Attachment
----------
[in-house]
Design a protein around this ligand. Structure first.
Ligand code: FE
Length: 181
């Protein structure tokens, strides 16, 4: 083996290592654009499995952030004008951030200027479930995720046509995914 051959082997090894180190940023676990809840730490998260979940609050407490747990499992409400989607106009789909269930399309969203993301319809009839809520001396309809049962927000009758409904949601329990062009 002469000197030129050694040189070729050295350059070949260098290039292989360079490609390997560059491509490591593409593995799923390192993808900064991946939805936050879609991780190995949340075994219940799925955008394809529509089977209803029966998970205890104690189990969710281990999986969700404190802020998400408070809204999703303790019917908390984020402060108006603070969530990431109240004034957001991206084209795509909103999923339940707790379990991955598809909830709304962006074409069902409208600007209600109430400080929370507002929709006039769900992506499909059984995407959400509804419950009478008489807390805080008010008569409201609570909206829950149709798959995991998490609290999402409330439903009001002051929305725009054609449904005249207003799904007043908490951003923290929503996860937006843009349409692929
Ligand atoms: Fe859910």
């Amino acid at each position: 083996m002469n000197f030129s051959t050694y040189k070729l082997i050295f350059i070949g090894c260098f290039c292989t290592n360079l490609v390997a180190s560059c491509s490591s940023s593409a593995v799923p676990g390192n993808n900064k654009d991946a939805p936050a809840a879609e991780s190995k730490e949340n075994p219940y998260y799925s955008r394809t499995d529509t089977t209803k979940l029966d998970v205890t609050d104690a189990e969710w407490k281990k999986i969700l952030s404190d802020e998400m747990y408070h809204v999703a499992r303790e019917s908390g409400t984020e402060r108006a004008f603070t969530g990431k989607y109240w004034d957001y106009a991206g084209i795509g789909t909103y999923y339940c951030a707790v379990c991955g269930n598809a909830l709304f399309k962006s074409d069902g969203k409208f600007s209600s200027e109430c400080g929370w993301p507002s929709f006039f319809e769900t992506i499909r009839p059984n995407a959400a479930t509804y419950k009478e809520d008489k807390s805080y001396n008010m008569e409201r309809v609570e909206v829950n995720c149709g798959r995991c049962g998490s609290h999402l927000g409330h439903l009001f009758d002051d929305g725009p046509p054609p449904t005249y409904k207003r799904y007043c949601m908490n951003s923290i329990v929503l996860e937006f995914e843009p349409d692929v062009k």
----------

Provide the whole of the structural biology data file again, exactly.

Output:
[in-house]
Design a protein around this ligand. Structure first.
Ligand code: FE
Length: 181
């Protein structure tokens, strides 16, 4: 083996290592654009499995952030004008951030200027479930995720046509995914 051959082997090894180190940023676990809840730490998260979940609050407490747990499992409400989607106009789909269930399309969203993301319809009839809520001396309809049962927000009758409904949601329990062009 002469000197030129050694040189070729050295350059070949260098290039292989360079490609390997560059491509490591593409593995799923390192993808900064991946939805936050879609991780190995949340075994219940799925955008394809529509089977209803029966998970205890104690189990969710281990999986969700404190802020998400408070809204999703303790019917908390984020402060108006603070969530990431109240004034957001991206084209795509909103999923339940707790379990991955598809909830709304962006074409069902409208600007209600109430400080929370507002929709006039769900992506499909059984995407959400509804419950009478008489807390805080008010008569409201609570909206829950149709798959995991998490609290999402409330439903009001002051929305725009054609449904005249207003799904007043908490951003923290929503996860937006843009349409692929
Ligand atoms: Fe859910």
């Amino acid at each position: 083996m002469n000197f030129s051959t050694y040189k070729l082997i050295f350059i070949g090894c260098f290039c292989t290592n360079l490609v390997a180190s560059c491509s490591s940023s593409a593995v799923p676990g390192n993808n900064k654009d991946a939805p936050a809840a879609e991780s190995k730490e949340n075994p219940y998260y799925s955008r394809t499995d529509t089977t209803k979940l029966d998970v205890t609050d104690a189990e969710w407490k281990k999986i969700l952030s404190d802020e998400m747990y408070h809204v999703a499992r303790e019917s908390g409400t984020e402060r108006a004008f603070t969530g990431k989607y109240w004034d957001y106009a991206g084209i795509g789909t909103y999923y339940c951030a707790v379990c991955g269930n598809a909830l709304f399309k962006s074409d069902g969203k409208f600007s209600s200027e109430c400080g929370w993301p507002s929709f006039f319809e769900t992506i499909r009839p059984n995407a959400a479930t509804y419950k009478e809520d008489k807390s805080y001396n008010m008569e409201r309809v609570e909206v829950n995720c149709g798959r995991c049962g998490s609290h999402l927000g409330h439903l009001f009758d002051d929305g725009p046509p054609p449904t005249y409904k207003r799904y007043c949601m908490n951003s923290i329990v929503l996860e937006f995914e843009p349409d692929v062009k």